General Electric (NYSE:GE) is scheduled to report Q1 2016 results on Friday, April 22, 2016, and I am expecting more of the same - i.e. non-cash charges, oil and gas concerns, progress made in the digital transition, improving industrial operating results, and an earnings beat, as these have been the consistent themes over the last few quarters. Let me start by clarifying that "more of the same" is actually a good thing in this situation, because GE has been making great progress towards its goal of becoming a simpler, more valuable industrial company.
More specifically, GE is ahead of schedule when it comes to disposing of the GE Capital assets and the company has long been touting the long-term benefits of incorporating the assets acquired from Alstom's (OTCPK:ALSMY) power and grid business in late 2015. Yes, GE will look like a very different company by 2018 but the transition to a more-industrial focused company is still a work-in-process. Therefore, investors should not be surprised with more of the same in the first quarter of 2016.
Earnings Expectations Vs. Results
The company is expected to report Q1 2016 adjusted EPS of $0.19, which would be in line with the EPS reported in first quarter of the prior year ($0.20 for Q1 2015).
Based on the current operating environment and GE's recent earnings track record, we should expect an earnings beat for Q1 2016. GE has been able to meet or beat earnings estimates in seven of the last eight quarters.
|EPS Estimate||EPS Actual||Surprise ($)||Surprise (%)|
(Source: Data obtained from Fidelity.com; table created by W.G. Investment Research)
Moreover, the company has been able to handily beat the earnings estimates in each of the last three quarters. Many investors are concerned with the headwinds that the company is facing - strong dollar, downturn in the oil and gas industry, and global growth concerns, but GE has been able to report impressive growth in its industrial businesses, with the Aviation segment being a good example, even with these headwinds being in full force for quite some time now.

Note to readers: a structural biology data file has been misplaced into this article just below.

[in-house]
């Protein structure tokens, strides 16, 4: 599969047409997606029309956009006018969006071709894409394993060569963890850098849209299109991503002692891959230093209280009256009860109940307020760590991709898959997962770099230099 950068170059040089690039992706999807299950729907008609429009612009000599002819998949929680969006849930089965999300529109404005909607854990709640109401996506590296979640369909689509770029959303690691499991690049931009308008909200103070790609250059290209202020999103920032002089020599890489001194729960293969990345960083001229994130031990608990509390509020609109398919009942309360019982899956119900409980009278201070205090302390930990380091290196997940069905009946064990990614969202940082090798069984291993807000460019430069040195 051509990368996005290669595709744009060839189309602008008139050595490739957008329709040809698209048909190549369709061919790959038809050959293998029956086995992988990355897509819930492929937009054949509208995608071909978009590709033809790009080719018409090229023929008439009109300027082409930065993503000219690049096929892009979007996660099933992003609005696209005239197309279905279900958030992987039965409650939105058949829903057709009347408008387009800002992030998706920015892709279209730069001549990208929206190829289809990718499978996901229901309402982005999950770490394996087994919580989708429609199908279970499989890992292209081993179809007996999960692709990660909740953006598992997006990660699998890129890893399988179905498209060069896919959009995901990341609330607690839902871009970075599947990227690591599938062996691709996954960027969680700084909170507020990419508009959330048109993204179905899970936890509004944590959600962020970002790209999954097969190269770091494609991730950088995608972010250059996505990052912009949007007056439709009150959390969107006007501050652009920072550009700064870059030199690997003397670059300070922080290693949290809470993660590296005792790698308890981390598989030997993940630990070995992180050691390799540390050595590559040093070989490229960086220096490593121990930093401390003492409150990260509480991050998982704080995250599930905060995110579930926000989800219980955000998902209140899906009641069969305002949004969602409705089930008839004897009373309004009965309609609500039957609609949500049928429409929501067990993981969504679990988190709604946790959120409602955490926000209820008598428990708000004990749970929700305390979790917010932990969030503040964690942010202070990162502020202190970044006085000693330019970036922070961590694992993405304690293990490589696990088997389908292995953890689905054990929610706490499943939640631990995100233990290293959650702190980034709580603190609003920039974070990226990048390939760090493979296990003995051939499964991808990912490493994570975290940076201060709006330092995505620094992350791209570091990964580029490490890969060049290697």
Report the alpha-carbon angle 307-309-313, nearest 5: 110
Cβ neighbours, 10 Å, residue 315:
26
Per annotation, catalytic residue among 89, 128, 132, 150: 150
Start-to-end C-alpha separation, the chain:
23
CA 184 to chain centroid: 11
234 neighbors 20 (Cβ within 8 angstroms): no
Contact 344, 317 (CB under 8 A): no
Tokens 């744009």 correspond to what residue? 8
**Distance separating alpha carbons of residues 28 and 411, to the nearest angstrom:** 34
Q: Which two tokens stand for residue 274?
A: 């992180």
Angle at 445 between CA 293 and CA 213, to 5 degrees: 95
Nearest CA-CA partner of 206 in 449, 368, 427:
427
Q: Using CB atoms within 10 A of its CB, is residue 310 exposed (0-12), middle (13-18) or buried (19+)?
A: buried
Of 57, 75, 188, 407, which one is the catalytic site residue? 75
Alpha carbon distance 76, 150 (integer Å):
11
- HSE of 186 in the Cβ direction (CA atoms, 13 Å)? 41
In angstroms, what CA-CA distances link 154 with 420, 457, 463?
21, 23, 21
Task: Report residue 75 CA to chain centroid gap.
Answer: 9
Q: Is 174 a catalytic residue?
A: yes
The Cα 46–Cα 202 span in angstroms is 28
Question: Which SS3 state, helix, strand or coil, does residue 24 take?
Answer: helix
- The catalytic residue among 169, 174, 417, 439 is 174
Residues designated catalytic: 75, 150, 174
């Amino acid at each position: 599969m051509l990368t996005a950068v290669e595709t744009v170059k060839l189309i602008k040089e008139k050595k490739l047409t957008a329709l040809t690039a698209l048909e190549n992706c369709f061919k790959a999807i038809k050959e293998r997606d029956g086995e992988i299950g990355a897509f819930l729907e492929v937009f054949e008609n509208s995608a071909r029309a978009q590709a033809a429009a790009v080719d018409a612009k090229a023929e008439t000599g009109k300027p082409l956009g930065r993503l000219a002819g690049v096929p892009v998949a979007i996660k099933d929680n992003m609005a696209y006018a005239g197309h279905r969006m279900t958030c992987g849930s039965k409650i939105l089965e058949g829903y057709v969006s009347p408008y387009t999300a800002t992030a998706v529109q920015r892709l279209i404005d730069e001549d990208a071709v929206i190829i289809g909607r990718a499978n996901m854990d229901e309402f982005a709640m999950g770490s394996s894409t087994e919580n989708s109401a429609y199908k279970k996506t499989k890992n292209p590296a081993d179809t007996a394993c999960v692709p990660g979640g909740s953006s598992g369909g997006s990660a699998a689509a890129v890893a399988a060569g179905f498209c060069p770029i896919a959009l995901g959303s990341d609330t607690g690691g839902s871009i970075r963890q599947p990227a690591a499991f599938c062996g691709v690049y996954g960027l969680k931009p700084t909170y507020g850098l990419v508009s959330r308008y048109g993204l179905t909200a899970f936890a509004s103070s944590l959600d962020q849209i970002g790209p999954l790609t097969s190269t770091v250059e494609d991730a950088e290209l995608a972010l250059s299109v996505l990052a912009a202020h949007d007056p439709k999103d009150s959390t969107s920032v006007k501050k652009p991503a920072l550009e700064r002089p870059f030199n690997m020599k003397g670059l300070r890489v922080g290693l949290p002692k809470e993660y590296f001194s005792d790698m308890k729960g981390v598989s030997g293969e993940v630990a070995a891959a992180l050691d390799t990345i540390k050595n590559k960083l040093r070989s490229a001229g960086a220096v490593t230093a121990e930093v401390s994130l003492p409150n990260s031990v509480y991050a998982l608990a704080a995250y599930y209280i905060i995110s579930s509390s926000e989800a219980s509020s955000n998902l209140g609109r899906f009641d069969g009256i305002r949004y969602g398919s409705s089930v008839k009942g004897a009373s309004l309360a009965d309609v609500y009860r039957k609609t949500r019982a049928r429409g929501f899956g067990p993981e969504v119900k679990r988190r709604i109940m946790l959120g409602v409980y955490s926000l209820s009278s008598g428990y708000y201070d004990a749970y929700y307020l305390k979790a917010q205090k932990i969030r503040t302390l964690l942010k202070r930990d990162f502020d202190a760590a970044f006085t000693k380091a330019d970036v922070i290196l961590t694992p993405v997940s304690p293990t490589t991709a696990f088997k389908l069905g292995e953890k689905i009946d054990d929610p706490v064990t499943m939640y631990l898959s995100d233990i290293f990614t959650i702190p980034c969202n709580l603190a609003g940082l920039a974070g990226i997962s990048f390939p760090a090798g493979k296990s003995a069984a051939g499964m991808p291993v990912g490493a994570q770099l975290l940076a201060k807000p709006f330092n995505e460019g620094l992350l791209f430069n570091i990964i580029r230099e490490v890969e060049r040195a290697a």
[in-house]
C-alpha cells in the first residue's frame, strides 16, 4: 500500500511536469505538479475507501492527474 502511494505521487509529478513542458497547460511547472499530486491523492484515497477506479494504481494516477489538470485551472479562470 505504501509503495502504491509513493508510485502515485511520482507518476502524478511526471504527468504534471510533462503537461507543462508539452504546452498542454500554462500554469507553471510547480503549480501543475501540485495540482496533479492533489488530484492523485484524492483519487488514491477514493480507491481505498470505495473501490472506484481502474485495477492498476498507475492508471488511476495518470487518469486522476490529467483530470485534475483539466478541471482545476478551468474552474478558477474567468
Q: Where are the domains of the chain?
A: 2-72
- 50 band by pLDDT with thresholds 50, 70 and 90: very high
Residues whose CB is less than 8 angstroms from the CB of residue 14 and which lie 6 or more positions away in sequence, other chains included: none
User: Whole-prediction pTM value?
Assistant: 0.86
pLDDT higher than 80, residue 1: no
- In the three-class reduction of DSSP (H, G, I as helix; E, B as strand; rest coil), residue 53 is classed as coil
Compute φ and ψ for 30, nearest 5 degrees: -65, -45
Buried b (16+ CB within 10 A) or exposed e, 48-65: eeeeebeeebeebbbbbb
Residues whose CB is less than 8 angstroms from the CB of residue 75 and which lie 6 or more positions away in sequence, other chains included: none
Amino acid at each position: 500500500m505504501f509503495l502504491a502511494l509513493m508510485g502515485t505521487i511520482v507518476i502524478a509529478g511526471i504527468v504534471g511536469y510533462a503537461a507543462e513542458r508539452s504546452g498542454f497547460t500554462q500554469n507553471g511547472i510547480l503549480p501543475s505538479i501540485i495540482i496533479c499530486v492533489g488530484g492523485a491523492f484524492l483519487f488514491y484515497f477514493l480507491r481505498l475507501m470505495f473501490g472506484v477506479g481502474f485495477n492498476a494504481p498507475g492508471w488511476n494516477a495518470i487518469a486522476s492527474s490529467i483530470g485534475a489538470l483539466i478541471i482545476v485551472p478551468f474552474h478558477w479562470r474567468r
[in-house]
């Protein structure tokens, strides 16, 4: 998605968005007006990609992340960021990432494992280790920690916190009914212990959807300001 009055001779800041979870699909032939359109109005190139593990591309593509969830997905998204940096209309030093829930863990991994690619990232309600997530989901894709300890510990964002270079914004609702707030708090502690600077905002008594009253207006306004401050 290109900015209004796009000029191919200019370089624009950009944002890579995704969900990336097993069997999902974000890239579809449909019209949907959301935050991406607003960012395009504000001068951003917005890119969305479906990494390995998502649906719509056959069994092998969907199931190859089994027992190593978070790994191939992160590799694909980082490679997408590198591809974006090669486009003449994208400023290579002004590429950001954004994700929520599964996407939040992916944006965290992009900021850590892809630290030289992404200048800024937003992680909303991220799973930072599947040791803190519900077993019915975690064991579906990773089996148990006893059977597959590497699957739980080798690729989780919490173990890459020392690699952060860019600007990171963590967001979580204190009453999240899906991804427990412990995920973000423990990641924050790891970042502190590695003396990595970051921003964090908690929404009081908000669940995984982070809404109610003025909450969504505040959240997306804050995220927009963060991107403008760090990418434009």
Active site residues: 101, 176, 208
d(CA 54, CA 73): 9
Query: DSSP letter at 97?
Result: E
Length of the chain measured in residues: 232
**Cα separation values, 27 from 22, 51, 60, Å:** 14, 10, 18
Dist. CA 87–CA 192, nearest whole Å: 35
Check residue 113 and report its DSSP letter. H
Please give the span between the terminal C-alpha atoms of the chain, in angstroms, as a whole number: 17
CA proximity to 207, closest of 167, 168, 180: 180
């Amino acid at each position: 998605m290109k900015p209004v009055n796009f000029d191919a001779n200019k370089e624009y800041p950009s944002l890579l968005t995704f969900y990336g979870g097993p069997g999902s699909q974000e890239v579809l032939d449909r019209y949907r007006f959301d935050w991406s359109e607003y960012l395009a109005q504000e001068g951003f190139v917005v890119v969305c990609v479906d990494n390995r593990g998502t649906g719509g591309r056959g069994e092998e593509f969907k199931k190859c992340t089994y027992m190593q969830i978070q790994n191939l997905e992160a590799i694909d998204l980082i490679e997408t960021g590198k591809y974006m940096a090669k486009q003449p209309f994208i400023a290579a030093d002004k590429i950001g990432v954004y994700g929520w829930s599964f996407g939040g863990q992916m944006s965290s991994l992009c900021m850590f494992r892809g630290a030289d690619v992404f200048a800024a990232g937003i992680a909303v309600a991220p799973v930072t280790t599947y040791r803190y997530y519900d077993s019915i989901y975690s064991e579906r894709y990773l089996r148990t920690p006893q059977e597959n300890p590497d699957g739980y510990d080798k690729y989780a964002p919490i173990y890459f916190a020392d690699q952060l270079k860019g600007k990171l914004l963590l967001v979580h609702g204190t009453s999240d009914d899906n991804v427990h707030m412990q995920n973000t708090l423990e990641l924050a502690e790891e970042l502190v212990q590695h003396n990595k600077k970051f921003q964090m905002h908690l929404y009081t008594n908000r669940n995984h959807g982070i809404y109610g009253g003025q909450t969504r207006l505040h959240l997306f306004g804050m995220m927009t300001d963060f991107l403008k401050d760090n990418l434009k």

A Significant Asset Sale
The company announced that it completed a sale of GE Capital's U.S. online deposit platform, along with transferring all of the deposits, to Goldman Sachs (NYSE:GS). This sale is significant due to the fact that it will result in GE being in a position to exit the U.S. banking system, which is a topic that management highlighted in the press release:
"With this sale, we are now in a position to fully exit the U.S. banking system by extinguishing our final U.S. bank charter and terminating our FDIC insurance, which we are targeting to complete by the end of this week," GE Capital CEO Keith Sherin declared.
The company intends to maintain a small portion of the financing assets, the Verticals, but this sale should help GE's case for shedding its systemically important financial institution, or SIFI, designation.
GE shares are trading at a premium when compared to its peers, Honeywell (NYSE:HON), 3M (NYSE:MMM), and United Technologies (NYSE:UTX), but I would contend that the premium is warranted. Based on estimates at Yahoo! Finance, GE is trading at ~20x 2016E earnings and ~17x 2017E earnings.
|P/E based on 2016 estimate||20.77||17.43||20.53||16.24||18.06|
|P/E based on 2017 estimate||17.70||15.91||18.92||15.08||16.63|
*Average excludes GE
In my mind, GE's current valuation looks more attractive the further that you look out. It is important to note that GE also has an above-average dividend yield, even with the recent run-up in the share price, and the company is expected to use ~$18b to buy back shares in 2016. Furthermore, GE's future growth prospects appear to be intact with the company's strong commitment to the growing in Industrial Internet of Things (a topic covered here) and alternative energy (a topic covered here) industries. As such, when compared to the peers listed above, I believe that GE has more levers to pull to create shareholder value in the years ahead. Additionally, I believe that it would be wise for long-term investors to look past the small premium paid in today's environment (a broad topic that was covered by CNBC).
GE is in the midst of a transformation that will eventually result in a more valuable industrial company, so I would not sell (or add to) my GE position based strictly on the current earnings results. Instead, investors should review the results and ensure that GE is still progressing towards its goal of becoming an industrial-focused company and hold onto your shares if the plan is intact.
This type of change takes time, but, in my opinion, shareholders will be richly rewarded once the transition is complete. As such, any significant dips in the share price should be considered buying opportunities.
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Disclaimer: This article is not a recommendation to buy or sell any stock mentioned. These are only my personal opinions. Every investor must do his/her own due diligence before making any investment decision.
Disclosure: I am/we are long GE.
I wrote this article myself, and it expresses my own opinions. I am not receiving compensation for it (other than from Seeking Alpha). I have no business relationship with any company whose stock is mentioned in this article.